Rangbhoomi (2013), Kamal Swarup

In the precious biographical details of Dadasaheb Phalke’s life that we know, he gave up on cinema after making some 95 films and scores of shorts and went to Banaras. He wrote a play called Rangbhoomi, with a strong autobiographical slant. Kamal Swaroop’s documentary on this phase of Phalke’s life, he says, is an “invocation of that text.” It comes as a puzzle, an intriguing and challenging ontological rebus of various phases of cinema and of representation.



It is a multilayered palimpsest of what cinema was and has become, with none- too-resolute conclusions. It is an exercise in artistic humility as it is a profile of a pupil who takes the threads of his teacher to move the discourse forward. If you are a filmmaker, this is a must-see. If you are a film student, it is an essential learning phase before you move on. If you are a cinephile, think of this as a pilgrimage with unlimited rewards.

Produced by Films Division, the film begins quite ordinarily. The subject of the documentary is only a memory, having left a treasure house of provocations and artistic ruminations to ponder over. Swaroop quickly poses the first proposition of the film. Film is indexical, while theater works in figurative language. If Phalke left the former behind, relinquishing it to search for something beyond, that too in a holy place with labyrinthine dimensions, then the viewer must wonder: “was he in search of something else? Was he disillusioned in the capacities of cinema?”

In a documentary film, Swaroop must look for actualities. He searches in the city of Banaras. Tracking down old newspapers for Phalke’s activities and sites where Phalke may have worked, he presents a history that is slipping away, both in the older interlocutors who must preserve it and in the sites that are fast becoming archeological relics. There is a little glimmer of hope in a group of students who think of Phalke’s life and work as a challenge to be deciphered, to be made relevant to their times. These students and the researchers are the only safeguards against that fading archive of our culture.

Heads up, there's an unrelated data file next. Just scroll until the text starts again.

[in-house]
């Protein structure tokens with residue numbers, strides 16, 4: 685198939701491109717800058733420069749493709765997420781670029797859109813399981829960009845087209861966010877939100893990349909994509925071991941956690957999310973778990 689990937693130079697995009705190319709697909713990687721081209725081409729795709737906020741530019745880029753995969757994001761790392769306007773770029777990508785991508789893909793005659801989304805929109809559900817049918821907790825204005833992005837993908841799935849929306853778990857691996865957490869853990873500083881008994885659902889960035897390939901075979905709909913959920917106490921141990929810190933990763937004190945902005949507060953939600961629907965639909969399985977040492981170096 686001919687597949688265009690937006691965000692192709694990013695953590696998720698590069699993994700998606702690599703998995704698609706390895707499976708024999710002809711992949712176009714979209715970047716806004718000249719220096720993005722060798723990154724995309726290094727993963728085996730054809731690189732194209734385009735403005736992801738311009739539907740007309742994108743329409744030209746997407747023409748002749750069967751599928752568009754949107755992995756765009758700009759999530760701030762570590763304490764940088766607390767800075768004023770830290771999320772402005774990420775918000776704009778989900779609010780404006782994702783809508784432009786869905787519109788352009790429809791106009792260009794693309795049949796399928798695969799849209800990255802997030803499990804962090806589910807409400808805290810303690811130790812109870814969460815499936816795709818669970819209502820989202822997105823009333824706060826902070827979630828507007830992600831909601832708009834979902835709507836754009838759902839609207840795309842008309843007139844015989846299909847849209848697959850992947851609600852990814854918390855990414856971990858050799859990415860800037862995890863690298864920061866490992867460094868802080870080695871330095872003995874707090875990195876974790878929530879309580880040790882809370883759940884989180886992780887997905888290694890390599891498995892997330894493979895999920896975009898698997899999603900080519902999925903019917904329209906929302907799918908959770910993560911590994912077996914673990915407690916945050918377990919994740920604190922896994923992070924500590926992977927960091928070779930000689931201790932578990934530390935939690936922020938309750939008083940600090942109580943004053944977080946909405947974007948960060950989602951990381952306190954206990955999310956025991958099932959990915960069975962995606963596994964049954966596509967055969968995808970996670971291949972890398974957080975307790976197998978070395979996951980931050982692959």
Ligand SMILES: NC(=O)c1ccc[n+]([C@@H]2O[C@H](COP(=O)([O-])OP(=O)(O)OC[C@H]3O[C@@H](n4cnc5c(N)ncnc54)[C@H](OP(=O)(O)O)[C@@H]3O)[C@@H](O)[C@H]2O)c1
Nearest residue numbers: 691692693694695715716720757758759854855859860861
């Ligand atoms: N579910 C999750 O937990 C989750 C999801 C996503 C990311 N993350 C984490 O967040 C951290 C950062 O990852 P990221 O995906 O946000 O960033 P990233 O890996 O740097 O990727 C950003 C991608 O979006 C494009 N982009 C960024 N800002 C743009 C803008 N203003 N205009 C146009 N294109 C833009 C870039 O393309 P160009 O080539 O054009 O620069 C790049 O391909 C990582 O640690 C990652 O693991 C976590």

The people and the city, so entrenched in the historical and mythological past provide all sorts of intersections for Swaroop to meditate on the questions of reality, of the possibilities of representation. As if to find a world that must be beyond all of this, a world where new questions can  be formed, he constructs a remarkable replica of the Ghats of the city, using them variously as spaces on which to write images as much as spaces that attempt to speak for what is un-representable. He meets the sadhus of the city who question the everyday foundations of belief and reality. He spends time with a generation that could be nearly as old as Phalke’s cinema or at least could conjure that age well. Throughout, the quest is the same as that of the protagonist of Phalke’s play. Sangeet Rao questions the traditions to insist that theater bow to Brahma, the power that creates the universe, creating the real and the meaningful at the same time. It is a search for that.

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